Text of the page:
HeardTell: The North Carolina Room, Pack Memorial Library

Where Research is a Delight!

AN ABUNDANCE OF AMOSES AND THE MANY STACKHOUSES FROM STACKHOUSE

photographer believed to be Bob Rouse

Photograph by Bob Rouse

I’ve driven by this house many times over the past 15 years or so on my way to a hike in Hot Springs or to a swim in the Laurel River. Sitting majestically on top of the hill with the green and white sign proclaiming “STACKHOUSE,” it always made me wonder what stories it had to tell. Thanks to a wonderful new donation to the NC Room, I found out!

The Stackhouses had a strong hand in the way Western North Carolina evolved and developed during the aftermath of the Civil War. The bulk of the collection is family (and some business) correspondence from the 1850s through the 1940s. While processing this collection it’s been fascinating to learn of everyday triumphs and struggles of bygone days through the lens of a tight-knit and influential family. But I must admit, before I was fascinated…I was CONFUSED.  Here’s why:

This is Amos Stackhouse…

Amos (1819-1909)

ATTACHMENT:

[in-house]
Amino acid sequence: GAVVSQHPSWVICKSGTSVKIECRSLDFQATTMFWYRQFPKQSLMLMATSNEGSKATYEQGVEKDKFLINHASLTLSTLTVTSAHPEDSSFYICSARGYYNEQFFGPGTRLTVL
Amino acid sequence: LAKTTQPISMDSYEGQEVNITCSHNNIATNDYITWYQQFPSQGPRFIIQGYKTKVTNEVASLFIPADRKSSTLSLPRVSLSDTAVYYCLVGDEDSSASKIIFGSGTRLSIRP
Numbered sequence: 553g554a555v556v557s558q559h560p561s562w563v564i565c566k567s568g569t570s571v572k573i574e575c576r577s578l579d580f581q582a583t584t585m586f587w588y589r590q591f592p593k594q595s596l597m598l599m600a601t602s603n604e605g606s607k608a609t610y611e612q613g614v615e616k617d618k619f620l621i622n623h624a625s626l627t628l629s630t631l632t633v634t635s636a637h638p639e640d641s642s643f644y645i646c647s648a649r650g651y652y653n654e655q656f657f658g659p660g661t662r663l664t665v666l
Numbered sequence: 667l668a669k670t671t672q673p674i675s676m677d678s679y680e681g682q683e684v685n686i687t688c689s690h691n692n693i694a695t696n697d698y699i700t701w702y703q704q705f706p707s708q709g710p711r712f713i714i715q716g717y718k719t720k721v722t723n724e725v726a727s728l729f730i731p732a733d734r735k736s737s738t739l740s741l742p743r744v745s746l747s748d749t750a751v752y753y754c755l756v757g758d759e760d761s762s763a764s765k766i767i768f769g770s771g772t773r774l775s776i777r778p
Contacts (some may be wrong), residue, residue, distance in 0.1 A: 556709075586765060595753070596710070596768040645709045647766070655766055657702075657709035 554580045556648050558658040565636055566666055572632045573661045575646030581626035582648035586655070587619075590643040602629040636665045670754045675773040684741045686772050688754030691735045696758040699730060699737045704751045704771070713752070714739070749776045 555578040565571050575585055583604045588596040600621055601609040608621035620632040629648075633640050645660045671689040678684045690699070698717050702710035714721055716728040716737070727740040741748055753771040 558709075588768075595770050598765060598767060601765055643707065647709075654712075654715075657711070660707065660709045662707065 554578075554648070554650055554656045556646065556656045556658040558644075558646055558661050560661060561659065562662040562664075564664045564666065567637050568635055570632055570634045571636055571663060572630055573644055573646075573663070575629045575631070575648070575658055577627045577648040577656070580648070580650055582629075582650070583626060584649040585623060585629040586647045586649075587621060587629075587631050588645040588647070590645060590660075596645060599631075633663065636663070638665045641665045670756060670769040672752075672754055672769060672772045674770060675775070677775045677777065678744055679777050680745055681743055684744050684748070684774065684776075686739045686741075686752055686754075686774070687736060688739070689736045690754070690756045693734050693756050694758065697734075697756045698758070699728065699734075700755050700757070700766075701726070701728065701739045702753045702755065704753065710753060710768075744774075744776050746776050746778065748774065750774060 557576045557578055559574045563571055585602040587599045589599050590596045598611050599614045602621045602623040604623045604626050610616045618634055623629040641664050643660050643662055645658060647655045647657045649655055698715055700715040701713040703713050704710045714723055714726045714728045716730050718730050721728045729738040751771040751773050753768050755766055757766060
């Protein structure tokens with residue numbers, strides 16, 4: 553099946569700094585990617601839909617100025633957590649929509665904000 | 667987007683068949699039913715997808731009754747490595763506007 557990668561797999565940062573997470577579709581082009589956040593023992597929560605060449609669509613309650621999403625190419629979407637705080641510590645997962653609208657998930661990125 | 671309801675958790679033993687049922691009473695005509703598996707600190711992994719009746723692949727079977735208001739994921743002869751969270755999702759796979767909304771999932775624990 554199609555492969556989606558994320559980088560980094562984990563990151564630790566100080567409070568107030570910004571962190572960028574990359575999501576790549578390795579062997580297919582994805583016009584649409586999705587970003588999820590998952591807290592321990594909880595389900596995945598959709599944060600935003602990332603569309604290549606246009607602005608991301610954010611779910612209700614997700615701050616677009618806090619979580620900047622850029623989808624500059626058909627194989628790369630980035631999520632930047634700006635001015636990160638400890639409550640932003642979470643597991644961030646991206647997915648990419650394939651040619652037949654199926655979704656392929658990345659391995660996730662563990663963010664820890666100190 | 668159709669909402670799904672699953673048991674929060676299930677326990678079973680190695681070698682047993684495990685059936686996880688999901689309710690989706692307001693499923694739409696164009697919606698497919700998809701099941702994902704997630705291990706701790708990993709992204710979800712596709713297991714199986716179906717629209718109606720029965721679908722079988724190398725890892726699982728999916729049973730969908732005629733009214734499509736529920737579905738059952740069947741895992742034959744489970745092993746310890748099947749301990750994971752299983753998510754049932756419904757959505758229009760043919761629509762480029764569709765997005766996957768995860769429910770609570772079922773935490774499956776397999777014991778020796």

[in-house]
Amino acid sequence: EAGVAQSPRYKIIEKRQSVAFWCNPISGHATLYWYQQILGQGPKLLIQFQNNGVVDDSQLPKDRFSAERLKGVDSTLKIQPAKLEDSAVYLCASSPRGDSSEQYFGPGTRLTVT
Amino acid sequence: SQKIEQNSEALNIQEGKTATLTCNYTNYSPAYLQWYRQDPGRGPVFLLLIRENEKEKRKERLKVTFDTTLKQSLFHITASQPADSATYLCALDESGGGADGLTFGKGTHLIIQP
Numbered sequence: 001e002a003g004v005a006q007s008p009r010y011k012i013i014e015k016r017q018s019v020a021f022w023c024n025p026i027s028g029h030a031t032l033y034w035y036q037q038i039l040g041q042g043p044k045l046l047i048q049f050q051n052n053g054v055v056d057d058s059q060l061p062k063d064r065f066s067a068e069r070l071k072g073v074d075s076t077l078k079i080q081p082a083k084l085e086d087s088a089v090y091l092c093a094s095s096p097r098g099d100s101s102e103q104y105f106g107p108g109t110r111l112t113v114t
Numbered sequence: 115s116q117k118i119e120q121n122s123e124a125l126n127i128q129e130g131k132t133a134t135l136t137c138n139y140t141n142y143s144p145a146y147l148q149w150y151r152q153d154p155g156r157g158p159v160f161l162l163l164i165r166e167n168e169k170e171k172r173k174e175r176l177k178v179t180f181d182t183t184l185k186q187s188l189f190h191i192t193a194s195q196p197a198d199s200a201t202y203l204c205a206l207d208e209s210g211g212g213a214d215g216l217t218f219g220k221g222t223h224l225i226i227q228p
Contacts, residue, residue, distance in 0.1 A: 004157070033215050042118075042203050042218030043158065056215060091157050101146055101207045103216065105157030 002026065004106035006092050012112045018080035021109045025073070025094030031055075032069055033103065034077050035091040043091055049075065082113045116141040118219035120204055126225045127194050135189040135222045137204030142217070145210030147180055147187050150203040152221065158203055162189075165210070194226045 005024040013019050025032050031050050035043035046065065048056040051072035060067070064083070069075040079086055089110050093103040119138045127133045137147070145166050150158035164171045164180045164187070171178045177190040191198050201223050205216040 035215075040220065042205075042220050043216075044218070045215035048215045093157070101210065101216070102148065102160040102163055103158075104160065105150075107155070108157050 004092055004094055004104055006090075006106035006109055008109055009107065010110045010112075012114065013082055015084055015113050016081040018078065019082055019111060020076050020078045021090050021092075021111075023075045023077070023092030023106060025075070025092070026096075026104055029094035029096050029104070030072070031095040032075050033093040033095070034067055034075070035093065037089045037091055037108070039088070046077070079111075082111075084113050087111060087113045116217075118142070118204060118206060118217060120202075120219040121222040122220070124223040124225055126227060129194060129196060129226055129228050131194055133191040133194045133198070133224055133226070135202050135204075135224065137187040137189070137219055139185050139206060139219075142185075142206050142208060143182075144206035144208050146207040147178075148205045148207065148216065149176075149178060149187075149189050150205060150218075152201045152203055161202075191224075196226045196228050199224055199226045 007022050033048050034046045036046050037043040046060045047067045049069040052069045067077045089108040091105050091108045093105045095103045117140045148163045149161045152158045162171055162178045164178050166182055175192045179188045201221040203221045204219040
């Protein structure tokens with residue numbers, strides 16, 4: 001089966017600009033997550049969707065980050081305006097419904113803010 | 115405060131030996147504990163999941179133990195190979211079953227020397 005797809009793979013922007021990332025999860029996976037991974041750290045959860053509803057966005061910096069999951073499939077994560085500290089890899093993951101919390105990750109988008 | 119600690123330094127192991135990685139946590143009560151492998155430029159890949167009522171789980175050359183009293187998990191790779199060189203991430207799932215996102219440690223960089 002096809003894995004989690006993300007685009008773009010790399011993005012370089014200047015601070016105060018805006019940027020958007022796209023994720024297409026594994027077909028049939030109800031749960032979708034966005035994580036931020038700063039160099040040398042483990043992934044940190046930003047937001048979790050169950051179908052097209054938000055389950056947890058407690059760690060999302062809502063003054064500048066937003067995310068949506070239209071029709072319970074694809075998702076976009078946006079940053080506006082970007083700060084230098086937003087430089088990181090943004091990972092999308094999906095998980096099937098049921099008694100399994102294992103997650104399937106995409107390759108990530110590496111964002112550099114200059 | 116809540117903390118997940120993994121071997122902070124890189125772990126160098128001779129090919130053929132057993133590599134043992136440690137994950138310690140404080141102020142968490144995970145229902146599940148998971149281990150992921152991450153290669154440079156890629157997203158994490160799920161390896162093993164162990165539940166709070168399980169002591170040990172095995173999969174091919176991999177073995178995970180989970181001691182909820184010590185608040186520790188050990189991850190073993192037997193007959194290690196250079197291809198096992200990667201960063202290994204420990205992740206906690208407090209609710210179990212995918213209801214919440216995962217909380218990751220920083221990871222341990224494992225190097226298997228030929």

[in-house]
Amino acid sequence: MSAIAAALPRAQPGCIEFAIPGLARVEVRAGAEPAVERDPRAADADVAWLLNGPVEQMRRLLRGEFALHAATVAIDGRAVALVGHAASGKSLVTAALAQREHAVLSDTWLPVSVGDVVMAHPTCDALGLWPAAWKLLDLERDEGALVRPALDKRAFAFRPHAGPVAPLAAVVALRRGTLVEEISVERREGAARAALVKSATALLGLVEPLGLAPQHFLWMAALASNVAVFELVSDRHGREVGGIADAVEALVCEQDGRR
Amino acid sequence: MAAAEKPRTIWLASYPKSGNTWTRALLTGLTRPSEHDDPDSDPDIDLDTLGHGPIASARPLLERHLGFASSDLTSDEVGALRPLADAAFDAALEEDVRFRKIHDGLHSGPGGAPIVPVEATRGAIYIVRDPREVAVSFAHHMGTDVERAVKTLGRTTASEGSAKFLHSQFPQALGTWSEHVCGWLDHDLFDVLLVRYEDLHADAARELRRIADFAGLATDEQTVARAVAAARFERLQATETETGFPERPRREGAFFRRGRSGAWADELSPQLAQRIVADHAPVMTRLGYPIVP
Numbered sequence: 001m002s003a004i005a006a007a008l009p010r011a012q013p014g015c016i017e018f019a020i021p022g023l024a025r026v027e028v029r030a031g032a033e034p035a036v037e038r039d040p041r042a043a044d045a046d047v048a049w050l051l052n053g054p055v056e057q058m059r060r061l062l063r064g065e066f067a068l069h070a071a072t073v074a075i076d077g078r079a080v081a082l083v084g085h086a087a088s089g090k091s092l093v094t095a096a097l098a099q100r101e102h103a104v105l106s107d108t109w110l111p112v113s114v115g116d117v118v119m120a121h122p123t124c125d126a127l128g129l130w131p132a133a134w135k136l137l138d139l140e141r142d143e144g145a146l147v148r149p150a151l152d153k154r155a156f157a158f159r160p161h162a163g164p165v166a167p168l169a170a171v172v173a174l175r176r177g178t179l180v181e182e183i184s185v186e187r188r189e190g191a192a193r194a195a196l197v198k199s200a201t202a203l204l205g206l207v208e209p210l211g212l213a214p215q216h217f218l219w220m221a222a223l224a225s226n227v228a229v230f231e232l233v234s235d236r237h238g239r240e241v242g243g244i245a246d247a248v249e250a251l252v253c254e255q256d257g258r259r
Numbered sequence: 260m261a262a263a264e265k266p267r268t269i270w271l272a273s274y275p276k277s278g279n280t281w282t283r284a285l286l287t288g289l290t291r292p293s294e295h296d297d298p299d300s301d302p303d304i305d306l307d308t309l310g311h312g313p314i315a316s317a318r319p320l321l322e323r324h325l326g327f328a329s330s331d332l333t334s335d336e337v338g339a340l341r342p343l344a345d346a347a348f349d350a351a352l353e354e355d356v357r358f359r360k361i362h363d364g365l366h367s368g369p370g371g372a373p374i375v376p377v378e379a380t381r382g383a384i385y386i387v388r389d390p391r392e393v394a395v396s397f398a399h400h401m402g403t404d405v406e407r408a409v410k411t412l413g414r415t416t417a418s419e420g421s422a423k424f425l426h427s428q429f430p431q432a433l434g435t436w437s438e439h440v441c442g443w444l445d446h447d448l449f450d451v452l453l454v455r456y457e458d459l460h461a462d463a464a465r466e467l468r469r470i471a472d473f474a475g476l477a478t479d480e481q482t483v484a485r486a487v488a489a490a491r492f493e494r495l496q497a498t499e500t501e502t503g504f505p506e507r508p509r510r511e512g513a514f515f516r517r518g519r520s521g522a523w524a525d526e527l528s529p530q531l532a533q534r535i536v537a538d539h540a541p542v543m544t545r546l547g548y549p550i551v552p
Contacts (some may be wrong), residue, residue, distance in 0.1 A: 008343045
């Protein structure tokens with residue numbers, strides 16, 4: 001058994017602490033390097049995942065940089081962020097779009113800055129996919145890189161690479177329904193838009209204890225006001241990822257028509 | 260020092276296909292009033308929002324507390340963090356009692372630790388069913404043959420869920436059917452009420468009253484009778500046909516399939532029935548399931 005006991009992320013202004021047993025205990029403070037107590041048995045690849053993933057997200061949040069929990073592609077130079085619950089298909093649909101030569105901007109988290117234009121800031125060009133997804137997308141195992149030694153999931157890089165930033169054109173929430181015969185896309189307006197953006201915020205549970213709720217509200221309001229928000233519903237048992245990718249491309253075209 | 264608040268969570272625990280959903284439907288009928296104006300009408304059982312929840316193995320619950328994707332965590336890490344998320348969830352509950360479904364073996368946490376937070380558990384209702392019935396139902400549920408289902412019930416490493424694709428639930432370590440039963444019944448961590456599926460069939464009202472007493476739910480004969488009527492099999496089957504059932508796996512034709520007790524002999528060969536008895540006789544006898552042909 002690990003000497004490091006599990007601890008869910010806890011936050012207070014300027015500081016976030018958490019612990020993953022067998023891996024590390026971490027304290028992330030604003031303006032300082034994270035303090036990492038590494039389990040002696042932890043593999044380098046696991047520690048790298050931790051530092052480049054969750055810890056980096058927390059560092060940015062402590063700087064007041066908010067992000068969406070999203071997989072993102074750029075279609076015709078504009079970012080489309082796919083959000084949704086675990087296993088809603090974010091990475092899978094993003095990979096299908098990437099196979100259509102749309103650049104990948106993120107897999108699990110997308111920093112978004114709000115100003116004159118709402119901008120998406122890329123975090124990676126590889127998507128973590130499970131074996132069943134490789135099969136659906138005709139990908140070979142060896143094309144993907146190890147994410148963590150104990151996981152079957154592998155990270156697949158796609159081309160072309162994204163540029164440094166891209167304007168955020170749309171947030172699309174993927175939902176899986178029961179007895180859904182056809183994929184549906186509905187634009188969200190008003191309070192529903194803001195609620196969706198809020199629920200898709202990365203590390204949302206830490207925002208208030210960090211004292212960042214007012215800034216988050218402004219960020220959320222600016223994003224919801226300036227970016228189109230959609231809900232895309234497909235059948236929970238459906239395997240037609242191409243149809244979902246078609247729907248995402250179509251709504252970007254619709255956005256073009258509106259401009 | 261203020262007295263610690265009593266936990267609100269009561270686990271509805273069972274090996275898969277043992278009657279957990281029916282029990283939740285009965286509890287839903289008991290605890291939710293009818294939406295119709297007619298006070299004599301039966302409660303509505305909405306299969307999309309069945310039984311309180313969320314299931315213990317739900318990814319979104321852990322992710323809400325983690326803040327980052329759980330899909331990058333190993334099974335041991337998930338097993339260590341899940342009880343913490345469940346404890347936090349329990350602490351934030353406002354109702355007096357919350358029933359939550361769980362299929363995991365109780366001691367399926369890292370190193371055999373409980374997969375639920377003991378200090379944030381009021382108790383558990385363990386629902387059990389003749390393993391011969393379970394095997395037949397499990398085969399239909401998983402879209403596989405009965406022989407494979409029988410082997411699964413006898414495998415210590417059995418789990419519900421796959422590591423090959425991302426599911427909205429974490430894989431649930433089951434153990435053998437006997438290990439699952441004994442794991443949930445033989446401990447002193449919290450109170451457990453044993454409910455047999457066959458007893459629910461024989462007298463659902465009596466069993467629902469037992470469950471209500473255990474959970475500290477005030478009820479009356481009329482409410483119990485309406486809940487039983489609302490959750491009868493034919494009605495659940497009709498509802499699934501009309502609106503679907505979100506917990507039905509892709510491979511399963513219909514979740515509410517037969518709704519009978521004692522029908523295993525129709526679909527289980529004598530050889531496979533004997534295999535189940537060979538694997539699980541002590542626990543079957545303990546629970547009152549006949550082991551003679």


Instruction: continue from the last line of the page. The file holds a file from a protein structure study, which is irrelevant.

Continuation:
this is also Amos Stackhouse…

Amos(1873-1948)

and this is another Amos Stackhouse…

June

last? but not least, this is Amos Stackhouse…

Sonny

 Oh boy. I was in trouble. Thankfully I found Jacqueline Burgin Painter’s book: “The Stackhouses of Appalachia: Even to Our Own Times.” I honestly don’t know what I would have done without the chart of ancestors and descendants she provides. Painter’s narrative engagingly describes sorrows and successes of the family.

Amos Stackhouse (1819-1909) was the founder of Stackhouse, North Carolina. Amos, a Pennsylvania Quaker, wore many hats.  Beginning in 1870, he managed to build and run two stores, a drover’s business, a post office, and a lumber mill among other things. He accomplished all of this “despite the fact Amos Stackhouse was a Yankee and a stranger” (Painter, p.3). Ha!

Curious about others named Amos Stackhouse? Come check out our collection!

Stackhouse Manuscript Collection

Leave a Reply

Fill in your details below or click an icon to log in:

WordPress.com Logo

You are commenting using your WordPress.com account. Log Out / Change )

Twitter picture

You are commenting using your Twitter account. Log Out / Change )

Facebook photo

You are commenting using your Facebook account. Log Out / Change )

Google+ photo

You are commenting using your Google+ account. Log Out / Change )

Connecting to %s

Information

This entry was posted on November 14, 2015 by in Uncategorized.

HeardTell Stats

  • 279,312 views
%d bloggers like this: